Global Opinions of U.S. Surveillance
Global publics were asked whether the U.S. government’s alleged monitoring of communications from individuals suspected of terrorist activities, American citizens, citizens of the survey countries or the leaders of the survey countries is acceptable or unacceptable. Explore individual country responses with this interactive.
World Opposed to U.S. Surveillance, Drones
There is widespread opposition to U.S. eavesdropping and fewer now say the U.S. respects the personal freedoms of its people, but America is still popular around the world.
5 key takeaways on global views of the U.S. and China
A new Pew Research Center survey finds widespread opposition around the world to U.S. eavesdropping. Still, America’s overall image remains mostly positive. Here are five key takeaways.
Where the U.S. wiretap hotspots are
While the U.S. continues to address the international fallout from the National Security Agency revelations, a new report from the Administrative Office of U.S. Courts reveals a different kind of wiretapping: a list of where federal and state judges have authorized law enforcement to listen to phone communications as part of criminal investigations throughout 2013.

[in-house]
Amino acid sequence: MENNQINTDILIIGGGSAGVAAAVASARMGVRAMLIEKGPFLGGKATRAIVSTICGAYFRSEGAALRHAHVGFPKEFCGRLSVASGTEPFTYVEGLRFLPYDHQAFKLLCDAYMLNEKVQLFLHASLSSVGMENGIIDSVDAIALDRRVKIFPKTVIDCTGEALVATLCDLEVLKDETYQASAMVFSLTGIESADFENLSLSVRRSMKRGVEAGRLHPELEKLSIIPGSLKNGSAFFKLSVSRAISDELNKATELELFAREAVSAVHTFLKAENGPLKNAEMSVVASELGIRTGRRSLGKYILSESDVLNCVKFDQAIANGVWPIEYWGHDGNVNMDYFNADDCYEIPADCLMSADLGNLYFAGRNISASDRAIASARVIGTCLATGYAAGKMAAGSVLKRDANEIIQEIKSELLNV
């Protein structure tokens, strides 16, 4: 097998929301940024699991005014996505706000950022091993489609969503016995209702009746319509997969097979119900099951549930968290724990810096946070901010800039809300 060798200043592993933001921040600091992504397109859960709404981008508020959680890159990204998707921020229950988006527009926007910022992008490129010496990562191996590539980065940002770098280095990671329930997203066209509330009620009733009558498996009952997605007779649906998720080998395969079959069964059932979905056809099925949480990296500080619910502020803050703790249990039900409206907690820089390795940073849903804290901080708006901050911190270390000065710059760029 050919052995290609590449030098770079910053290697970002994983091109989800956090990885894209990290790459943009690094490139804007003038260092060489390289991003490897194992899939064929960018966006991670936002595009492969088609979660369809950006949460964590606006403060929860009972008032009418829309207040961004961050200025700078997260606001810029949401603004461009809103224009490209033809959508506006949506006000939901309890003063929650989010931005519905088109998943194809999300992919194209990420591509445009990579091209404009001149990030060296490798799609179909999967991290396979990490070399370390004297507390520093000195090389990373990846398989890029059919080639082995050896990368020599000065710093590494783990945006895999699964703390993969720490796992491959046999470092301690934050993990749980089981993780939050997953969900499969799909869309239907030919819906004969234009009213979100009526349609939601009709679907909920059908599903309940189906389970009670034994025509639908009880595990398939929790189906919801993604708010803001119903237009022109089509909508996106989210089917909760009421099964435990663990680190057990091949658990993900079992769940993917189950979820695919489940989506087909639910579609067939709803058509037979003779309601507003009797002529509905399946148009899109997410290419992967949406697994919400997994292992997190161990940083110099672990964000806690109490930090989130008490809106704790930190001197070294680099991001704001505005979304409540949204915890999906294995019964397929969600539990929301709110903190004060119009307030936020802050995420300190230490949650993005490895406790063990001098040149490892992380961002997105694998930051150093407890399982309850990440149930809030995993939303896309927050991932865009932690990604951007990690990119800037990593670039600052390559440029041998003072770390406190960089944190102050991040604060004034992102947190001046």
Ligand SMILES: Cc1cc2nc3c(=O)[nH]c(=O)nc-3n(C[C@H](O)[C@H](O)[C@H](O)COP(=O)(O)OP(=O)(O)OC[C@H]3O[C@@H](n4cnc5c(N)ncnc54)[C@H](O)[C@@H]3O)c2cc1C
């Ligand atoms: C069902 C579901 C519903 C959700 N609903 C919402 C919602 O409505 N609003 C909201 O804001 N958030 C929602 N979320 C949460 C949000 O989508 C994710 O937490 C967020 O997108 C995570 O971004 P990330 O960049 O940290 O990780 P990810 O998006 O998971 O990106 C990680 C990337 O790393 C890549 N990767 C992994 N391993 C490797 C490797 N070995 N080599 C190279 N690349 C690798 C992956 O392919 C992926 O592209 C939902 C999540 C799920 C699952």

More than a decade later, 9/11 attacks continue to resonate with Americans
As the National September 11 Memorial Museum prepares to open, a look at how Americans view the 2001 attacks and their legacy for the country.
NSA coverage wins Pulitzer, but Americans remain divided on Snowden leaks
Percentage of the public saying in January that Edward Snowden’s leaks “served the public interest,” compared with 43% who say the leaks “harmed the public interest.”
State of the Union 2014: Where Americans stand on key issues
A summary of where Americans stand on ten key issues likely to come up in President Obama’s State of the Union address.
Most young Americans say Snowden has served the public interest
Young adults are significantly more likely to support Edward Snowden and his leaking of classified details of government surveillance programs.
Obama’s NSA Speech Has Little Impact on Skeptical Public
Just half have heard about Obama’s changes and most who did say they won’t increase privacy. Overall approval of the surveillance program has declined 10 points since July, from 50% to 40%.
U.S. Foreign Policy: Key Data Points from Pew Research
Despite the difficult foreign policy problems facing the United States, most Americans agree that the nation should focus more on problems here at home. At the same time, the public expresses robust support for an active approach to world affairs.